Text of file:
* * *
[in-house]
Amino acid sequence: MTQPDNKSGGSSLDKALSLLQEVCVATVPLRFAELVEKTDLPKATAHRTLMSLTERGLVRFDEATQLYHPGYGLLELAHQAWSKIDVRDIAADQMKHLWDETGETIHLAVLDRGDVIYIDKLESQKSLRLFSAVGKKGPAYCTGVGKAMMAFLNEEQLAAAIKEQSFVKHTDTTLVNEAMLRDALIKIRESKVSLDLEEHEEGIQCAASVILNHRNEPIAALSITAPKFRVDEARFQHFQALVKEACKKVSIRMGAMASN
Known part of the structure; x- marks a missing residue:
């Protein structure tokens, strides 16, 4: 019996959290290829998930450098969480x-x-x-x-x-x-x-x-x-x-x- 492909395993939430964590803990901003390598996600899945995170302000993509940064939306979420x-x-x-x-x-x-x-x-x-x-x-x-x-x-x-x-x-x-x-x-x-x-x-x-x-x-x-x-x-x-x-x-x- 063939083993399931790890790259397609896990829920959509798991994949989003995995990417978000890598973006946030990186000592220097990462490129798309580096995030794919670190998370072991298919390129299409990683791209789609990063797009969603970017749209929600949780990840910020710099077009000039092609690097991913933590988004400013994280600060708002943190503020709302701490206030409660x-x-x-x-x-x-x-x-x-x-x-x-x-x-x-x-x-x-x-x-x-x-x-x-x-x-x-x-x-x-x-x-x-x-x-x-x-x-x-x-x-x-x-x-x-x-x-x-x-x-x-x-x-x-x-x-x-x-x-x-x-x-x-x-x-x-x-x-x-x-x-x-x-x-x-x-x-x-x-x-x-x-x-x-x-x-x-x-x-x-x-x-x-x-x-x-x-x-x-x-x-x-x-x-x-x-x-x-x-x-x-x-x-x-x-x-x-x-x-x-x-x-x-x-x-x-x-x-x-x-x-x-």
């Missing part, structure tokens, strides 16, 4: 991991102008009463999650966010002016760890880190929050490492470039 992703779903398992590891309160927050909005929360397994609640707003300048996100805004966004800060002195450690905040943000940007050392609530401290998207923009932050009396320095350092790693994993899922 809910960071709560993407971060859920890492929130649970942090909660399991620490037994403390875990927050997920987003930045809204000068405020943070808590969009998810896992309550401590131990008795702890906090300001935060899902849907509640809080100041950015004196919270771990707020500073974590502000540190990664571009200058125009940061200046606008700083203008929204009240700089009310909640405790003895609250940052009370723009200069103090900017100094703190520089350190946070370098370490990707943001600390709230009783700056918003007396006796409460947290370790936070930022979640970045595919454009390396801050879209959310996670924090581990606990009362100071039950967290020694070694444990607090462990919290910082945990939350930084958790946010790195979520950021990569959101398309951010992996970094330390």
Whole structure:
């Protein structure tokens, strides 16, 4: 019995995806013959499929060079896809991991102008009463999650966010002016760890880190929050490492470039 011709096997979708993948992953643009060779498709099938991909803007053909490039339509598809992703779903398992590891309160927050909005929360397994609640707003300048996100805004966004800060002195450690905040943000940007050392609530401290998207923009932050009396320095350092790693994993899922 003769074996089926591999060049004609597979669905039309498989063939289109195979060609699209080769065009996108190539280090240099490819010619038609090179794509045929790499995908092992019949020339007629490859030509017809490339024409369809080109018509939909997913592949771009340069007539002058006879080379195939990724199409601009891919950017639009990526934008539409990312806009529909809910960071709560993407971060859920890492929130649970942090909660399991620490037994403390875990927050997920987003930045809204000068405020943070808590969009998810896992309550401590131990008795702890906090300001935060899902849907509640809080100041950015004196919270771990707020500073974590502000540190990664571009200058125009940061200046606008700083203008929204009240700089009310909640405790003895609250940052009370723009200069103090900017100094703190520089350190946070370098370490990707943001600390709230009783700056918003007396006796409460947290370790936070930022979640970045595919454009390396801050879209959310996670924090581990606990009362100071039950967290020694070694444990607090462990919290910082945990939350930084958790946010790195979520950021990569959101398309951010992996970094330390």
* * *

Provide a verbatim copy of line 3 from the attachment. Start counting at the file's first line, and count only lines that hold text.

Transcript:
Known part of the structure; x- marks a missing residue: